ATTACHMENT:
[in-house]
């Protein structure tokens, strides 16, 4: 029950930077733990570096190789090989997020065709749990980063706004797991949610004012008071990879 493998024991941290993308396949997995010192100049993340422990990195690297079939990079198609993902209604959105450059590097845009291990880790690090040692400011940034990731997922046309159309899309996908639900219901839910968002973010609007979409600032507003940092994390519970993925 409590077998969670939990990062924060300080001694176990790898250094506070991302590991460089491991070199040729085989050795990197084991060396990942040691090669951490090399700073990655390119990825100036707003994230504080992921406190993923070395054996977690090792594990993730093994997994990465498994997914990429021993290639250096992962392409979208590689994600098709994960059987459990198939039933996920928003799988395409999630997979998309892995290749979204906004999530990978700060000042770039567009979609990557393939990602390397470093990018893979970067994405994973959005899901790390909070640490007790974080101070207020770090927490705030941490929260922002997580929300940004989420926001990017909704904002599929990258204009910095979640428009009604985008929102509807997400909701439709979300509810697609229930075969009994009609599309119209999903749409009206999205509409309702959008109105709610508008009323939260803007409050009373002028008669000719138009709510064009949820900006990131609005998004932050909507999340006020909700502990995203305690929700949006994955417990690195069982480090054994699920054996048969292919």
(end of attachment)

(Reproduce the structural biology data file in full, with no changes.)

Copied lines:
[in-house]
């Protein structure tokens, strides 16, 4: 029950930077733990570096190789090989997020065709749990980063706004797991949610004012008071990879 493998024991941290993308396949997995010192100049993340422990990195690297079939990079198609993902209604959105450059590097845009291990880790690090040692400011940034990731997922046309159309899309996908639900219901839910968002973010609007979409600032507003940092994390519970993925 409590077998969670939990990062924060300080001694176990790898250094506070991302590991460089491991070199040729085989050795990197084991060396990942040691090669951490090399700073990655390119990825100036707003994230504080992921406190993923070395054996977690090792594990993730093994997994990465498994997914990429021993290639250096992962392409979208590689994600098709994960059987459990198939039933996920928003799988395409999630997979998309892995290749979204906004999530990978700060000042770039567009979609990557393939990602390397470093990018893979970067994405994973959005899901790390909070640490007790974080101070207020770090927490705030941490929260922002997580929300940004989420926001990017909704904002599929990258204009910095979640428009009604985008929102509807997400909701439709979300509810697609229930075969009994009609599309119209999903749409009206999205509409309702959008109105709610508008009323939260803007409050009373002028008669000719138009709510064009949820900006990131609005998004932050909507999340006020909700502990995203305690929700949006994955417990690195069982480090054994699920054996048969292919």